Prompted by McCrea’s questions, Townsend explored the meaning of the title: She had become fascinated by Phillipe Petit, the man who walked on a wire strung between the two towers of the World Trade Center. He had talked about the importance of properly “setting the wire”—a through line—before beginning to cross. Like Petit’s high wire, she noted, her baby’s umbilical cord had been attached off-center, in what is called a compromised attachment.

“I think our minds are natural pattern-makers, and we have that in our favor,” Townsend noted, commenting on the associations these items had brought to her consciousness. The two also discussed Townsend’s use of sound, as well as the book’s narrative shape, noting that it is unlike that of a male hero’s journey; instead, it traced out a spiral structure. The two also explored Townsend’s writing process, as well as the ways that her career as a psychotherapist had informed the work.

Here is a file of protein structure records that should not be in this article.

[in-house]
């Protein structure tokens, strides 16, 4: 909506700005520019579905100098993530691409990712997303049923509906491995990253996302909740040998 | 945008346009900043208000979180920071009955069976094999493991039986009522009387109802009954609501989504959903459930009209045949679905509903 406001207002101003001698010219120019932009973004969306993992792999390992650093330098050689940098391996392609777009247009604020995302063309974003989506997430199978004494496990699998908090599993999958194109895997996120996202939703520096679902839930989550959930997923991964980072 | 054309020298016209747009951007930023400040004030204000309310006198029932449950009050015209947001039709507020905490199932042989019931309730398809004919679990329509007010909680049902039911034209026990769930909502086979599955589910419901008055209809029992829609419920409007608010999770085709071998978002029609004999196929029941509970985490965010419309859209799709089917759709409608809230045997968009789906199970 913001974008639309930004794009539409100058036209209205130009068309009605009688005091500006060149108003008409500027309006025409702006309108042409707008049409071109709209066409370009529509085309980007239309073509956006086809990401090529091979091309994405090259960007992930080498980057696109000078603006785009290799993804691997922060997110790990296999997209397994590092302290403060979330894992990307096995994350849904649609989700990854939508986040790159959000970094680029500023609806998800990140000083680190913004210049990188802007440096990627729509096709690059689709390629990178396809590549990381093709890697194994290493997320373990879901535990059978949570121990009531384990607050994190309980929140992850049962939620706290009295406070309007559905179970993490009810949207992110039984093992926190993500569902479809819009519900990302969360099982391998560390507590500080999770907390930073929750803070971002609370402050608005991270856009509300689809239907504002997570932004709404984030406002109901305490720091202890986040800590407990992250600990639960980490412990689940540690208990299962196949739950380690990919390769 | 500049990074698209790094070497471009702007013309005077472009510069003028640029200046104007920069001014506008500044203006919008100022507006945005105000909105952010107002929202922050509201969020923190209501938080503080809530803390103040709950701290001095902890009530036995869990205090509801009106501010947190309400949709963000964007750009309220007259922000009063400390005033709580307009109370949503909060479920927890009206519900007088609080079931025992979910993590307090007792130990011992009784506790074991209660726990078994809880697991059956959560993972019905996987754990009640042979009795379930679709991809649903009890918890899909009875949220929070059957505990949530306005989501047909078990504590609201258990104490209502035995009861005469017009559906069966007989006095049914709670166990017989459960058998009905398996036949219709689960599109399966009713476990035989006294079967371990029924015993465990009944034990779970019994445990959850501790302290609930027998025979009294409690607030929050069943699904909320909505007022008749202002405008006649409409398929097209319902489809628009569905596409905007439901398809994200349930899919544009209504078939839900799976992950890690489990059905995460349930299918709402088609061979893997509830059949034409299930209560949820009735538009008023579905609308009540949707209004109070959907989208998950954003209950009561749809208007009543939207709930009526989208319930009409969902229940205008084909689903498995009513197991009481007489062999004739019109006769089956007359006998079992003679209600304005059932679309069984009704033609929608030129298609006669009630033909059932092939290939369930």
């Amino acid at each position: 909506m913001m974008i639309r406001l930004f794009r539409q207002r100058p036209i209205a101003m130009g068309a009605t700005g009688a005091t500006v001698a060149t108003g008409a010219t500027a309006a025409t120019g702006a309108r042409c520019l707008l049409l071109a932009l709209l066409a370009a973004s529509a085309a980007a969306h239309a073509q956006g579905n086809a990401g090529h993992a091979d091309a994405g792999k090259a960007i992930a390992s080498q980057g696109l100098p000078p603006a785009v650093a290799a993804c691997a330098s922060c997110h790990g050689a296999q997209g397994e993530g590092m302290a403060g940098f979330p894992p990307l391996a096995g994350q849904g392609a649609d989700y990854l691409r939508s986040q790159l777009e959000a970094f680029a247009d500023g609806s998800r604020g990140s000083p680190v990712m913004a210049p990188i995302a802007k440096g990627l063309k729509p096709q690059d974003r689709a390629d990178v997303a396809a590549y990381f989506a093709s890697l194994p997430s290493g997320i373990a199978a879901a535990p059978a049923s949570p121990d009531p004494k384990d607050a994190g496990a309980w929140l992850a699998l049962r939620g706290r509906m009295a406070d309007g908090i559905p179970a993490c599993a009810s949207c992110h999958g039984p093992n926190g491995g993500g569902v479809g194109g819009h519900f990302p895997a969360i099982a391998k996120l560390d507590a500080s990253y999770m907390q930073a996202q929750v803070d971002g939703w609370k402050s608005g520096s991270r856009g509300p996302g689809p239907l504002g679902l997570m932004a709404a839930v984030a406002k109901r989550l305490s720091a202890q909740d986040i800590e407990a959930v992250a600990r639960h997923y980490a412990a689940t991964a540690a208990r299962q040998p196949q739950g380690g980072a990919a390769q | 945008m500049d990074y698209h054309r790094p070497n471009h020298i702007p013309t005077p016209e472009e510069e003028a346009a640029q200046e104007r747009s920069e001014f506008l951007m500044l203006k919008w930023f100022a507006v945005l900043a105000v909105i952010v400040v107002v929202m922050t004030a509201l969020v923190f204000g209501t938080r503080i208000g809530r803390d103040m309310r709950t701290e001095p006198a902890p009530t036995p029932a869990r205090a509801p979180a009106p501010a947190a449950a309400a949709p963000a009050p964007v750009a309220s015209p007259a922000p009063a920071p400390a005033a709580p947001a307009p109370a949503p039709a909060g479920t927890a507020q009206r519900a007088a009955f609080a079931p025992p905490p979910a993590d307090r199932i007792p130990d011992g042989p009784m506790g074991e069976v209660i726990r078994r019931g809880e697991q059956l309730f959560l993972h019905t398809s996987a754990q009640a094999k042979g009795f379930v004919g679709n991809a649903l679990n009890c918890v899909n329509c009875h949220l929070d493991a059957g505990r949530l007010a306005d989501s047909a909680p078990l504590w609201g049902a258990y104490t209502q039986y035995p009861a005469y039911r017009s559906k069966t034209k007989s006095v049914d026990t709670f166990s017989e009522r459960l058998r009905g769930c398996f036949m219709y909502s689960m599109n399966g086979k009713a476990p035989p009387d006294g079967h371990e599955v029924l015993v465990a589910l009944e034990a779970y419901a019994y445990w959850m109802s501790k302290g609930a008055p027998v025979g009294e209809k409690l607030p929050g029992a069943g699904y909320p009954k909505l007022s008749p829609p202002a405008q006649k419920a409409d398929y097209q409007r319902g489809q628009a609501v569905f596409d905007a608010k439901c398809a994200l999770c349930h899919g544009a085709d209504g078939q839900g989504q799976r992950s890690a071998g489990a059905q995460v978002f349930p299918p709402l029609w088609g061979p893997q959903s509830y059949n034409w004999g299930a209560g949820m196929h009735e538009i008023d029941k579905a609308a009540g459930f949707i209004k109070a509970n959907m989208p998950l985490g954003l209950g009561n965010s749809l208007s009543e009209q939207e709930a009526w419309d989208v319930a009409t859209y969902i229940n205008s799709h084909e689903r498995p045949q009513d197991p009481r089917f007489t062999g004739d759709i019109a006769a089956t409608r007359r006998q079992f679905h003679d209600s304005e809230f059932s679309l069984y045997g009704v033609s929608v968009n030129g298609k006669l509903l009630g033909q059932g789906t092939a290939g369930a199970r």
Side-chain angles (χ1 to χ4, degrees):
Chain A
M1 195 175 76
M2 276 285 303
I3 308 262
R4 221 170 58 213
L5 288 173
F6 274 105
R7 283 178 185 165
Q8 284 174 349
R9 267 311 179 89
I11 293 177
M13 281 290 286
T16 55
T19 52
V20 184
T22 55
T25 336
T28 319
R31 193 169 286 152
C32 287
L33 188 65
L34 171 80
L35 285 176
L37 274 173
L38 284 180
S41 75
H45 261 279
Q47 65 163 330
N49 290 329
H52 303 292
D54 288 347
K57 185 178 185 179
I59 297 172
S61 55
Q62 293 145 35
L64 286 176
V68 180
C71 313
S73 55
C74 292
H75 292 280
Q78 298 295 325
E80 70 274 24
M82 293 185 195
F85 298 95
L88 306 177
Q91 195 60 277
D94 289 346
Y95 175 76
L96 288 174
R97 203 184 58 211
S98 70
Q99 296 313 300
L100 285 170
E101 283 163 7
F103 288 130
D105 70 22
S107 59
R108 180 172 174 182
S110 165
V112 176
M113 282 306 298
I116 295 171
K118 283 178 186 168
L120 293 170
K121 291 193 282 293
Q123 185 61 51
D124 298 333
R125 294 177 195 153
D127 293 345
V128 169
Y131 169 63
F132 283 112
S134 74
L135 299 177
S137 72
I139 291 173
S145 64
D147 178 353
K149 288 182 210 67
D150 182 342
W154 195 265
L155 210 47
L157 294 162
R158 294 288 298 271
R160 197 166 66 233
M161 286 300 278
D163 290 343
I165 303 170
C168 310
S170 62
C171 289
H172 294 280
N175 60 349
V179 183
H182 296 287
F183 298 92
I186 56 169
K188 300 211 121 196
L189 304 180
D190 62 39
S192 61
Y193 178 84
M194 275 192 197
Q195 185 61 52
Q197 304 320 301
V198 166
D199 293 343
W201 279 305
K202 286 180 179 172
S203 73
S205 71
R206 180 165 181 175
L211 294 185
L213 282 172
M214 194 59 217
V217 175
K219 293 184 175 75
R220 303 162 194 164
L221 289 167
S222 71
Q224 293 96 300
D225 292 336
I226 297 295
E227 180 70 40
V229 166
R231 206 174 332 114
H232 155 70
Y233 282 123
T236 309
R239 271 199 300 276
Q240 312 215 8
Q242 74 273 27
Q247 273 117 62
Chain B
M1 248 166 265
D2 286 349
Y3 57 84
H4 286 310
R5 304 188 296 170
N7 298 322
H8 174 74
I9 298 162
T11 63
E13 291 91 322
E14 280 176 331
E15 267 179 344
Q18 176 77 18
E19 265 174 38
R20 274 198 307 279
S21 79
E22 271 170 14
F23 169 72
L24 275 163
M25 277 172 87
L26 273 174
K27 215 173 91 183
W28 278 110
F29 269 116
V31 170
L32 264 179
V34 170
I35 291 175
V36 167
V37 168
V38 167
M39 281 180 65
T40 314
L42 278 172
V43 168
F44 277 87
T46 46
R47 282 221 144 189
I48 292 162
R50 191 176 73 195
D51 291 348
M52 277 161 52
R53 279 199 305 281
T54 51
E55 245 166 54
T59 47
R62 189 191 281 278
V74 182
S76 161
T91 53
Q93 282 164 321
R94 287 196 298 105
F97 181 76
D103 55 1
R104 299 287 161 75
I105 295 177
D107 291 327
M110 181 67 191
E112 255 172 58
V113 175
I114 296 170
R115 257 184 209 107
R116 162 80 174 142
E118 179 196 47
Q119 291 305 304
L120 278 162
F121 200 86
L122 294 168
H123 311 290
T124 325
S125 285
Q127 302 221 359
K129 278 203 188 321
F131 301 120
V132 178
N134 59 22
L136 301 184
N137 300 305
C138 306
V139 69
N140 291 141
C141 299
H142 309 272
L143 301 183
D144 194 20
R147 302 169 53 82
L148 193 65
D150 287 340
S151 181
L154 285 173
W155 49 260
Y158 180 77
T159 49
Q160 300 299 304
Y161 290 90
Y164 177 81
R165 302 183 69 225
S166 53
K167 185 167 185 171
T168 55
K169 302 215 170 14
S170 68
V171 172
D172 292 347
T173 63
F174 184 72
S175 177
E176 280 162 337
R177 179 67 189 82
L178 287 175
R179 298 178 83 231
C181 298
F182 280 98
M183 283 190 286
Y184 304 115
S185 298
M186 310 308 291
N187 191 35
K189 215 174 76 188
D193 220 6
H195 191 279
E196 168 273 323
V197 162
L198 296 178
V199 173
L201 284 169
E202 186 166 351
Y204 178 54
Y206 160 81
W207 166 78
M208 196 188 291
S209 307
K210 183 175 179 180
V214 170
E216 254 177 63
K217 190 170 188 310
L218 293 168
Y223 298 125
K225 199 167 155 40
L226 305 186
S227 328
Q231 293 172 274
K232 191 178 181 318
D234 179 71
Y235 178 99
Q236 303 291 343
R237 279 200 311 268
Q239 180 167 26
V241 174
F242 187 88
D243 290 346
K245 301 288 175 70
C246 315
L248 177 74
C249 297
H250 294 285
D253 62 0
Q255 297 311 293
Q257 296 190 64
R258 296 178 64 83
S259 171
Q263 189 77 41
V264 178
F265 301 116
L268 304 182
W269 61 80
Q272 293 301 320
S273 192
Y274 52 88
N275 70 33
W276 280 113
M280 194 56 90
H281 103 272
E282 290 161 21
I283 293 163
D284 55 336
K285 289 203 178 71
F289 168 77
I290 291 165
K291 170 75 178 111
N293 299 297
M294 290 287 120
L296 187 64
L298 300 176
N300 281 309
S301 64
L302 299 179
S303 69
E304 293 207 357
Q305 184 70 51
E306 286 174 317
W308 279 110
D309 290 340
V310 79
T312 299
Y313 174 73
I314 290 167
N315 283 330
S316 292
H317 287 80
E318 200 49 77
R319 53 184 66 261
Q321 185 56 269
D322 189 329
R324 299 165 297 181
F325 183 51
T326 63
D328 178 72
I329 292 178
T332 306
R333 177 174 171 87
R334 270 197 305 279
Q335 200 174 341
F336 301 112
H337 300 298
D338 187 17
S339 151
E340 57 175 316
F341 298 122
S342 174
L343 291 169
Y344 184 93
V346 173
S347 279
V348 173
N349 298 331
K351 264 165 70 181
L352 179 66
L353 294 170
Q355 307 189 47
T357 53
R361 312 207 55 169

“I guess one of the great things about writing is that there aren’t any rules and you can just take from anywhere and see what you might do with it,” Townsend concluded, ending the formal part of the program to greet students personally and sign books.

Townsend’s debut book, Setting the Wire, is an account of postpartum psychosis and a meditation on what holds us together. Her style mixes memoir with film, music, visual art, and psychology.

The conversation touched on Townsend’s experience of fragmentation when she was a new mother.

Buchanan ’92 and Gordon ’89 Talk Effective Philanthropy at Wesleyan RJ Julia Bookstore

On Sept. 24, Phil Buchanan '92 and Elysa Gordon '89 discussed Buchanan's new book, Giving Done Right: Effective Philanthropy and Making Every Dollar Count at Wesleyan's RJ Julia Bookstore.

On Sept. 24, Elysa Gordon ’89, left, and Phil Buchanan ’92, right, discussed Buchanan’s new book, Giving Done Right: Effective Philanthropy and Making Every Dollar Count, at the Wesleyan RJ Julia Bookstore.